IBM Connections, Jive Lead Enterprise Social Software MarketIBM ranks as the enterprise social networking software market share leader for the third year in a row in 2011, says IDC.
The IDC report published this week looks at social software for corporate collaboration. IBM brought in $105.4 million in revenue for its IBM Connections product line, achieving a market share of 13.7%, according to IDC. Jive Software brought in $65.3 million for enterprise social networking, for an 8.5% market share, IDC said.
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"Enterprise social software adoption has accelerated significantly across almost all industry verticals and is becoming a critical decision support and worker productivity tool," the IDC analysts wrote. "Many companies are building and implementing an overall social business strategy, and enterprise social software is a critical component of that strategy." Almost all vendors experienced double-digit growth, with the top two, IBM and Jive, enjoying growth of 75.1% and 72.8%, respectively. The fastest growing vendor in the top 20 was Yammer, with a growth rate of 132.3%.
Yammer is growing from a smaller base, reaching $22.3 million in revenue in 2011, according to IDC. It ranked #8 on IDC's list, behind Communispace, Telligent, Socialtext, Mzinga, and Lithium.
In an email, IDC analyst Michael Fauscette said part of the equation for IBM is its international presence and the appeal of IBM Connections to multinational companies. Jive is a closer competitor to IBM in the U.S. market, but IBM still dominates, he said.
The narrative of the report credits IBM's Collaboration Solutions Group with placing a clear emphasis on IBM Connections, with further improvements to come in the "Connections Next" or Connections 4.0 release expected in the second half of the year. In addition to enticing Lotus Notes customers to adopt Connections, IBM will introduce compatibility features like making Connections activity streams visible in the Notes client. IBM will also enhance the environment by taking advantage of the OpenSocial standard for embedding application experiences in the social stream.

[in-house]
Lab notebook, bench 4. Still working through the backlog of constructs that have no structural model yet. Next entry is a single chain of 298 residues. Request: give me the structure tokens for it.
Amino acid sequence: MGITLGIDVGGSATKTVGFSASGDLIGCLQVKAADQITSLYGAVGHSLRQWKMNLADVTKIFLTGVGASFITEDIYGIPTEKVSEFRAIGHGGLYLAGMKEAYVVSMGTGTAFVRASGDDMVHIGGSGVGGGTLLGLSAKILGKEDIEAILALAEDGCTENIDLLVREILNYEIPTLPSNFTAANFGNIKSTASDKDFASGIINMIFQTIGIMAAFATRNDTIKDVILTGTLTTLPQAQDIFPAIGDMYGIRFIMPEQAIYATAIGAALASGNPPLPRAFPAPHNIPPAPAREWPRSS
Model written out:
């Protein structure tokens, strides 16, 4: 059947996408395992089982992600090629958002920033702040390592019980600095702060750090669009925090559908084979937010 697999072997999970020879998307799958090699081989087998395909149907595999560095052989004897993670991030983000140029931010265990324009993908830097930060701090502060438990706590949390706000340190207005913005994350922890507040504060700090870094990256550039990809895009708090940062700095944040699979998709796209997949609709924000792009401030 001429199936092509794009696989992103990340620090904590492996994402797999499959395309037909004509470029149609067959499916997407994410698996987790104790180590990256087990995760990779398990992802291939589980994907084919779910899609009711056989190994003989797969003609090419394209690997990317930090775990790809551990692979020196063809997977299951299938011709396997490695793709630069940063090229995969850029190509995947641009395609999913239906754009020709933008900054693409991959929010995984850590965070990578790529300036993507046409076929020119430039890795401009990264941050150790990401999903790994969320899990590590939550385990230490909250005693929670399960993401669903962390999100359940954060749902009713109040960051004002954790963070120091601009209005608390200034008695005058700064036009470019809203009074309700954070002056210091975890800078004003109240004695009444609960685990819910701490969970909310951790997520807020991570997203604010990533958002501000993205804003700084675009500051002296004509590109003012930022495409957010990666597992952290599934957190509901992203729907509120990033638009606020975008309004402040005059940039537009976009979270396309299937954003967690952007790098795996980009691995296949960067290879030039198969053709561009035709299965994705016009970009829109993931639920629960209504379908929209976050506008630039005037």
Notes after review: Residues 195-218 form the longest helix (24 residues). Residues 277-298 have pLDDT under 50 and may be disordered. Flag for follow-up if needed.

Meanwhile, Jive Software had even stronger growth in 2011 than it did in 2010, increasing its market share from 6.9% to 8.5%, according to IDC. "Since 2010, Jive has been consistently adding new features and functions to complement existing solutions, from the basic API level right up to the user experience," the analysts wrote. "Expanding the ISV ecosystem through the Jive Apps Market has been a strong pillar of growth, with the focus continuing through 2012 with the launch of Jive App Experiences, to integrate applications into business workflow processes."
In May, Jive delivered a next generation version of its platform in the cloud version of its product. The new App Experiences feature, which makes it possible to embed application actions in a social stream, is the first big commercial implementation of some of the newest OpenSocial specifications. Those features will arrive in the on premises version of Jive's software later this year.
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Contrary to IDC's findings, IBM has "lost some momentum" with Connections, according to Tony Byrne, founder of The Real Story Group. As part of a presentation on evaluating and selecting social software vendors at E2 (formerly Enterprise 2.0) conference in Boston, Byrne said his impression was IBM had gotten off to a strong start but now the "strategy feels divided and unclear," he said. "From talking with major customers, it seems Connections isn't improving much."
Byrne's is a much smaller analyst firm that consults on behalf of technology buyers, not vendors, and he said his analysis was based on discussions with Connections customers, not market share analysis. Connections is also a complex product, often implemented with other elements of IBM's technology stack such as WebSphere and FileNet to create a complete solution. "I have talked with customers who are happy with the solution, although they're not necessarily happy with what they had to pay for it," he said.
Market share analysis is tricky in this sector, depending heavily on your definition of enterprise social software, Byrne said. For example, IDC would have to exclude SharePoint (which does include some social software features) in order to put IBM Connections at the top of the ranking, he said.